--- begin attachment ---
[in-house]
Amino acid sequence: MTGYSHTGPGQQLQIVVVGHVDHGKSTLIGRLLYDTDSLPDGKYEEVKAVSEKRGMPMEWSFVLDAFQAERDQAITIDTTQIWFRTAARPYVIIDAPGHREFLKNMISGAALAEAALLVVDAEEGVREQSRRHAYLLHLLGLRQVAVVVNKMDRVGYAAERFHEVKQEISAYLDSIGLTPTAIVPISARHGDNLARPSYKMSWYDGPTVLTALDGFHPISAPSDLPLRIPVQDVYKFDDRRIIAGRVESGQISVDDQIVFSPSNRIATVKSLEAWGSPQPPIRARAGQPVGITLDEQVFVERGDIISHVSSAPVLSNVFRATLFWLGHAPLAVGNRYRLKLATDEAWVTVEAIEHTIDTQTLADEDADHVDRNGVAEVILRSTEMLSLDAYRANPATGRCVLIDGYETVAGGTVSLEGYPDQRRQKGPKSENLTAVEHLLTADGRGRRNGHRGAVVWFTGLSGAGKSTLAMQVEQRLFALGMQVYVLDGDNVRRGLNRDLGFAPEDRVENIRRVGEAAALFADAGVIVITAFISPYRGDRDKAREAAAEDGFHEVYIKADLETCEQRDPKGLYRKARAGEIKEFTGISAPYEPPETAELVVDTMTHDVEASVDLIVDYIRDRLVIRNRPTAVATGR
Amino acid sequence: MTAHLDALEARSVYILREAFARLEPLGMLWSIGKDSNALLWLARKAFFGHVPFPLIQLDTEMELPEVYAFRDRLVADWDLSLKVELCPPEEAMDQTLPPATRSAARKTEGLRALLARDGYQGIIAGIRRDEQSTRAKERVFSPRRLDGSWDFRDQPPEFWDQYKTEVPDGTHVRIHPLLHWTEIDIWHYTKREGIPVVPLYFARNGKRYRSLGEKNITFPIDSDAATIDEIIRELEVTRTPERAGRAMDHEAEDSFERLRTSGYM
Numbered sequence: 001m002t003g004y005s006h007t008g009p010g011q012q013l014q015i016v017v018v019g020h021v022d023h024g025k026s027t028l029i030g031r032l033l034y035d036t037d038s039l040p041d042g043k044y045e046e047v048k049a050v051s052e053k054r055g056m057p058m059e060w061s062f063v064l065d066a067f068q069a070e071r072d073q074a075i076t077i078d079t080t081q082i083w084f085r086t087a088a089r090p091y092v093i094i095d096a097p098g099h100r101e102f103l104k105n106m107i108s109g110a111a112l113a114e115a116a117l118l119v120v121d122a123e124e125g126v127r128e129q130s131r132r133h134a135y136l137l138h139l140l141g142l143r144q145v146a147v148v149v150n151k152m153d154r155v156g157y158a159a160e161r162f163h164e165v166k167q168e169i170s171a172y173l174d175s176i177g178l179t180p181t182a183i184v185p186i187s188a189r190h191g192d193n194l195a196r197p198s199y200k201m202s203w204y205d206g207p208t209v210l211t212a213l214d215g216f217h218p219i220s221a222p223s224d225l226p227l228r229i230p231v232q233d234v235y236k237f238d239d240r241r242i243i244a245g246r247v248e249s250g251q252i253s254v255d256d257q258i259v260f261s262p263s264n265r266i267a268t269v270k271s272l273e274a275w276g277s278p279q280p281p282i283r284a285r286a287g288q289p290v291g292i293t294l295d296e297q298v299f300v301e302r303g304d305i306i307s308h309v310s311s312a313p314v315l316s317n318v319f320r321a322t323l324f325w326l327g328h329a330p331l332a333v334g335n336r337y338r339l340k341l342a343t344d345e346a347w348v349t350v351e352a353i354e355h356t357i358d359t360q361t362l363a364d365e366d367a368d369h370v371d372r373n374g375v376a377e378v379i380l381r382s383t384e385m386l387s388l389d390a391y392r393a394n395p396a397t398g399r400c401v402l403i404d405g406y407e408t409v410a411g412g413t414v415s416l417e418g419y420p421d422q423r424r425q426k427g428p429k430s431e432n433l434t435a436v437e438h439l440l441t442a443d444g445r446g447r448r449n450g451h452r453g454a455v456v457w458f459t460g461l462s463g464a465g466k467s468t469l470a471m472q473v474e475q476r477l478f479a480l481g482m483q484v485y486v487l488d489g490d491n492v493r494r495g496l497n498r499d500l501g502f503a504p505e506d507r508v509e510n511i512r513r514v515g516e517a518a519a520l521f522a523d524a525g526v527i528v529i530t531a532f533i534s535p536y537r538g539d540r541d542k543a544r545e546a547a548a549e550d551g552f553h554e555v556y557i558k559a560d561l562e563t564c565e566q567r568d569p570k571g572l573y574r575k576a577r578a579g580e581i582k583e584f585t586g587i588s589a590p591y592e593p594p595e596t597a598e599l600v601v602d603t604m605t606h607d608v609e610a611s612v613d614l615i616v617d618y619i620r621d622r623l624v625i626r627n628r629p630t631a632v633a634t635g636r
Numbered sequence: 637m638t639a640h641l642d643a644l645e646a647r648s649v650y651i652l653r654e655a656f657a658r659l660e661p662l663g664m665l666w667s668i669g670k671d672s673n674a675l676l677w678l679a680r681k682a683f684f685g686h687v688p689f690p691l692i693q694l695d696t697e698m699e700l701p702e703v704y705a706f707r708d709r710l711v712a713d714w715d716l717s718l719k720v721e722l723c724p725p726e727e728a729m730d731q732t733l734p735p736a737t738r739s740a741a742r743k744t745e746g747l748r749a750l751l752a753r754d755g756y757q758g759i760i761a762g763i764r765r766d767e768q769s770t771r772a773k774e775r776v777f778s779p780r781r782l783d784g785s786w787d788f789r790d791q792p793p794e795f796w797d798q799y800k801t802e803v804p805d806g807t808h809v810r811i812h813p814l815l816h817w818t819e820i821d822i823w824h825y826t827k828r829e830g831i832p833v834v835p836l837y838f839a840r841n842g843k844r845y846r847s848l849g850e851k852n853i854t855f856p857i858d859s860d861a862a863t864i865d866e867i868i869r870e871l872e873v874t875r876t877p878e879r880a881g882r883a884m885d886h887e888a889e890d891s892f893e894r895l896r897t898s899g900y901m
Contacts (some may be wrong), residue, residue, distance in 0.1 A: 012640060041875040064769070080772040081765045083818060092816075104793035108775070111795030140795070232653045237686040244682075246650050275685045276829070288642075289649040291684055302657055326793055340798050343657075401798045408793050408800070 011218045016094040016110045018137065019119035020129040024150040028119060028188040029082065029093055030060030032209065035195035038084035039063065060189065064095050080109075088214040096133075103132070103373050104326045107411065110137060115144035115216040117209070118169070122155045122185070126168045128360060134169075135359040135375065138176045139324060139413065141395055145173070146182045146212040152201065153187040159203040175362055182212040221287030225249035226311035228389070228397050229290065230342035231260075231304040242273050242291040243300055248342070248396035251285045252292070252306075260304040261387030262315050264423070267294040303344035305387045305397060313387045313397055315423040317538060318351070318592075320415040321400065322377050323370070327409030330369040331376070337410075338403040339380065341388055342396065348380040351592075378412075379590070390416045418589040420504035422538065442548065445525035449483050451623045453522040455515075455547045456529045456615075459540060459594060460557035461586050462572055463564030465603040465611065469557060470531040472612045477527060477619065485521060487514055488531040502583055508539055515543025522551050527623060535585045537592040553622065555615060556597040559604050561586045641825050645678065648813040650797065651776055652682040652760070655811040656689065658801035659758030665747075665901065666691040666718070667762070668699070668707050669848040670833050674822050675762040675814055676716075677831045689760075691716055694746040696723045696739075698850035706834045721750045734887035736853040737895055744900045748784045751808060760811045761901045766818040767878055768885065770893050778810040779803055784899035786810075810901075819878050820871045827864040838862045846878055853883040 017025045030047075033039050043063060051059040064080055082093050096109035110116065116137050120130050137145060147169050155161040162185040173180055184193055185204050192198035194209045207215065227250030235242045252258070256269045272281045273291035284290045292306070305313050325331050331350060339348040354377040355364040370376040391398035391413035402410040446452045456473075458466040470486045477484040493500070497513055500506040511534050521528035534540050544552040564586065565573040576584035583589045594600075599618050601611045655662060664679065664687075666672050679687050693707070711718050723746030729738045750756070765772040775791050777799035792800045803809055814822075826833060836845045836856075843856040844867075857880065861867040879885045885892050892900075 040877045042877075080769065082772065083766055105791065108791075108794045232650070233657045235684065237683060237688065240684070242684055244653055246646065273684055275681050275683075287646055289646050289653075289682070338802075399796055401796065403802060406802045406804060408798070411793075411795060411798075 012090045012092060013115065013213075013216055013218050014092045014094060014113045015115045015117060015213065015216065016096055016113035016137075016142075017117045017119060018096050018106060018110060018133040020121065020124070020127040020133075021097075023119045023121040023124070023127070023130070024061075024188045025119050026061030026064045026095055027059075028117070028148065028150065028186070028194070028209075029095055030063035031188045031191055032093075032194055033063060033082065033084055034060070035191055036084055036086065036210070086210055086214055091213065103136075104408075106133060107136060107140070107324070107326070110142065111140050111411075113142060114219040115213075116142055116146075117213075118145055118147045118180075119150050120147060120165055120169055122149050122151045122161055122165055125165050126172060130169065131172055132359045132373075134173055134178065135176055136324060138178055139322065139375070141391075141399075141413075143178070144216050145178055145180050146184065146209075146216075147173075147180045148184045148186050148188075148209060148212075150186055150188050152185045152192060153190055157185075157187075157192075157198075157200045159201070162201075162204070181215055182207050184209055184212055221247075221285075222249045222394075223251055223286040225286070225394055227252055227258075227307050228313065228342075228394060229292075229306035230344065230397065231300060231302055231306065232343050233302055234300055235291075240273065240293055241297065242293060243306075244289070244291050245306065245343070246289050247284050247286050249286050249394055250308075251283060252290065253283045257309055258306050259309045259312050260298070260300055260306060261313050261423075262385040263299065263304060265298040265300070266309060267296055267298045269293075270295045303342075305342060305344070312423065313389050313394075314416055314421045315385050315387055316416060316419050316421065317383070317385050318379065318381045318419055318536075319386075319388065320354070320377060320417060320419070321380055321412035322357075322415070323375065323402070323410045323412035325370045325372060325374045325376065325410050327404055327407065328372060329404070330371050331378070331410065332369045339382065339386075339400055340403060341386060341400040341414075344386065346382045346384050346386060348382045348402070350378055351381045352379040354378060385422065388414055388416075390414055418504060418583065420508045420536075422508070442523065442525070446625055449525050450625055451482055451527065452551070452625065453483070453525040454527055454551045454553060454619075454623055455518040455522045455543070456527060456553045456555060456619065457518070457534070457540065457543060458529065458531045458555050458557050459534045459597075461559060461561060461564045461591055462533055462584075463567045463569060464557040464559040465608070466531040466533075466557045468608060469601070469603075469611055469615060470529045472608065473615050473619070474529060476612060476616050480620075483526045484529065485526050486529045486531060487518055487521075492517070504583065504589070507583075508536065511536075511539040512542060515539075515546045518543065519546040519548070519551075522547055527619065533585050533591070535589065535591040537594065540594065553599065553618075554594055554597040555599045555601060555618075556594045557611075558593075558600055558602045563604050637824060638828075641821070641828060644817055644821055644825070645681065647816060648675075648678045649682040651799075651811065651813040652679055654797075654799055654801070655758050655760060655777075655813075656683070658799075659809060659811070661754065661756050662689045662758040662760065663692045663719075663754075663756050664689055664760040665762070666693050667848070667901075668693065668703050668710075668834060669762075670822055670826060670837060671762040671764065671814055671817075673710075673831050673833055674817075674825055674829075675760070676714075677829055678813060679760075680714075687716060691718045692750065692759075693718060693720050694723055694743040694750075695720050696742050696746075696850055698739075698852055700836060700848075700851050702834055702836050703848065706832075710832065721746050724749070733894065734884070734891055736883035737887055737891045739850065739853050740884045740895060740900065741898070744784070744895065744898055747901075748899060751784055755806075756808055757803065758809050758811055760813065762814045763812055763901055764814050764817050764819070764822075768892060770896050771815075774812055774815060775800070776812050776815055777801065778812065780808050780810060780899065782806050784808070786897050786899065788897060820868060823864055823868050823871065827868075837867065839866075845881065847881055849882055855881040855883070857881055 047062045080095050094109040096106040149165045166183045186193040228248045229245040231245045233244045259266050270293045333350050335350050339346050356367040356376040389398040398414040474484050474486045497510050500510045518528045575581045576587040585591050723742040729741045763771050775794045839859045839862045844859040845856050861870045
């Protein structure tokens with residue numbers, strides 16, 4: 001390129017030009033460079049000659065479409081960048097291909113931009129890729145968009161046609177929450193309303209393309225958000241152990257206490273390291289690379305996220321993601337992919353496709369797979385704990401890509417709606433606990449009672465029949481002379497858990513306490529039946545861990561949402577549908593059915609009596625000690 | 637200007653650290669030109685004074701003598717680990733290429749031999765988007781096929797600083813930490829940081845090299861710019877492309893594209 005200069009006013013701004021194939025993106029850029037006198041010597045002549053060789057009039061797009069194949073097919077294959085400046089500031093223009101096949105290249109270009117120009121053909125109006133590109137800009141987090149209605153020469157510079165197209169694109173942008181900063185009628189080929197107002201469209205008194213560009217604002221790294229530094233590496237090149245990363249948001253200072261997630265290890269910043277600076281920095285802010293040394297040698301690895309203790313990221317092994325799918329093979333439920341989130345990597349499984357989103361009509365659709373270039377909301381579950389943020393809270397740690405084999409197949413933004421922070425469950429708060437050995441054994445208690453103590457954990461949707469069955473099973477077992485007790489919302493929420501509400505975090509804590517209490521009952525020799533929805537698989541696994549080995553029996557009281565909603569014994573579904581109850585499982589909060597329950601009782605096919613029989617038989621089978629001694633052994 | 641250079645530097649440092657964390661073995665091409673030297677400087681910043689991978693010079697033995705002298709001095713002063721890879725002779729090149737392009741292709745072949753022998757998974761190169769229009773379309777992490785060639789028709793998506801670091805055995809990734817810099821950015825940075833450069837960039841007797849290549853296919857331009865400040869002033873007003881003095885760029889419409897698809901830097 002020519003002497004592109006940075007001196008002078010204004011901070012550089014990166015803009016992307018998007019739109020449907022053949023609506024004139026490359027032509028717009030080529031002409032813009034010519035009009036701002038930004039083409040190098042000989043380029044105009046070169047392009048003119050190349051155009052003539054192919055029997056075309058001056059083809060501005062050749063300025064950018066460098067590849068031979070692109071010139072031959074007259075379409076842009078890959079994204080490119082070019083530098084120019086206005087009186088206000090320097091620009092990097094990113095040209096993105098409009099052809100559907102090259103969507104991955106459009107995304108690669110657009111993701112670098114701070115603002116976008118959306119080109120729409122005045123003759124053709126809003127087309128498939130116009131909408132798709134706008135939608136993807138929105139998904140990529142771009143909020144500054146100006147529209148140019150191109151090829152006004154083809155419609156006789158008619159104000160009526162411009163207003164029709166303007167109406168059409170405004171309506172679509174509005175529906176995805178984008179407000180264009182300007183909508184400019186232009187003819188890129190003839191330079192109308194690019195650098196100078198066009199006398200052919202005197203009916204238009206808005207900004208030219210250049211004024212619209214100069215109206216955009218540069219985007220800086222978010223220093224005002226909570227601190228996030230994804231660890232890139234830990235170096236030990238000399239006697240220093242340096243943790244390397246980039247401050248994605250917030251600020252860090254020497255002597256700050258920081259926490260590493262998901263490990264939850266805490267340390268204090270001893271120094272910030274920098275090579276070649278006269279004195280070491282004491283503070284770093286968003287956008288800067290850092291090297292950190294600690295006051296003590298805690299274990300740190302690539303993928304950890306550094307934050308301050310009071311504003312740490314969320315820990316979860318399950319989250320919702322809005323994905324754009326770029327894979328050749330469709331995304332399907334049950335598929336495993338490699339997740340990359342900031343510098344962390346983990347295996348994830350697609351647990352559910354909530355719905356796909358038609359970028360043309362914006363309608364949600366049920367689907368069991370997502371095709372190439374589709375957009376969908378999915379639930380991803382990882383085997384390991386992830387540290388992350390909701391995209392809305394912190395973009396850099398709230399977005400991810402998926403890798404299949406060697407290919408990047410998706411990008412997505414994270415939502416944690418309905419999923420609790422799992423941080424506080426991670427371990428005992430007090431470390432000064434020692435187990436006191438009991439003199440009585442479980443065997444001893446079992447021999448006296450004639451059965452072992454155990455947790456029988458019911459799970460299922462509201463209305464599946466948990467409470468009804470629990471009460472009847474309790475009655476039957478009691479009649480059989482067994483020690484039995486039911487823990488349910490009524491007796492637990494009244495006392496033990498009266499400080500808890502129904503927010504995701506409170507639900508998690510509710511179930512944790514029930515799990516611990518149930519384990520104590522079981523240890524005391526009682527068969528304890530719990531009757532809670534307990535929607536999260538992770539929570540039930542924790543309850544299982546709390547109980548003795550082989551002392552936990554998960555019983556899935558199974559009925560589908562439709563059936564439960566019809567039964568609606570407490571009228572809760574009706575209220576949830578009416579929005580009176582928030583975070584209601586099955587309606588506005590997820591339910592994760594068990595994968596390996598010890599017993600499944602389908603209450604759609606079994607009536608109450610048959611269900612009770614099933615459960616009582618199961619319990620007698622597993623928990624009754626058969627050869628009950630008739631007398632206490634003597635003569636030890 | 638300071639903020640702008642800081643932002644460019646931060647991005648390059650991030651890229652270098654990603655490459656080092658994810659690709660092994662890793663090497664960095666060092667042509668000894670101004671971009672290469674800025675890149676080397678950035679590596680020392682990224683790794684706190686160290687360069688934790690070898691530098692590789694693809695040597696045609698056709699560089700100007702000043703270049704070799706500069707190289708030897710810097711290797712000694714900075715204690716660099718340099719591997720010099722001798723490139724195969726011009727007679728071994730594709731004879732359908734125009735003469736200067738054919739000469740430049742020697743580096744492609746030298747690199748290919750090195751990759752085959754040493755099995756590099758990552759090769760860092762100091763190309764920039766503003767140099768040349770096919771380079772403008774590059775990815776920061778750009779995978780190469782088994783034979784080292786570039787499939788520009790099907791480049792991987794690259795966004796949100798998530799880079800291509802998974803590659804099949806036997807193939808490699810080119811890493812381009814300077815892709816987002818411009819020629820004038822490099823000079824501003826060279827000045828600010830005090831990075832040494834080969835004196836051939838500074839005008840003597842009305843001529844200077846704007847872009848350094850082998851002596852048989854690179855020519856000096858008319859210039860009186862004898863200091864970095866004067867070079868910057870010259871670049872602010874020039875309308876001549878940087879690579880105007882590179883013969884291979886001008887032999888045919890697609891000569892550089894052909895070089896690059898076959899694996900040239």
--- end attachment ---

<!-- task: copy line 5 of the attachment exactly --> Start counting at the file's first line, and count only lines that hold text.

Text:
Numbered sequence: 637m638t639a640h641l642d643a644l645e646a647r648s649v650y651i652l653r654e655a656f657a658r659l660e661p662l663g664m665l666w667s668i669g670k671d672s673n674a675l676l677w678l679a680r681k682a683f684f685g686h687v688p689f690p691l692i693q694l695d696t697e698m699e700l701p702e703v704y705a706f707r708d709r710l711v712a713d714w715d716l717s718l719k720v721e722l723c724p725p726e727e728a729m730d731q732t733l734p735p736a737t738r739s740a741a742r743k744t745e746g747l748r749a750l751l752a753r754d755g756y757q758g759i760i761a762g763i764r765r766d767e768q769s770t771r772a773k774e775r776v777f778s779p780r781r782l783d784g785s786w787d788f789r790d791q792p793p794e795f796w797d798q799y800k801t802e803v804p805d806g807t808h809v810r811i812h813p814l815l816h817w818t819e820i821d822i823w824h825y826t827k828r829e830g831i832p833v834v835p836l837y838f839a840r841n842g843k844r845y846r847s848l849g850e851k852n853i854t855f856p857i858d859s860d861a862a863t864i865d866e867i868i869r870e871l872e873v874t875r876t877p878e879r880a881g882r883a884m885d886h887e888a889e890d891s892f893e894r895l896r897t898s899g900y901m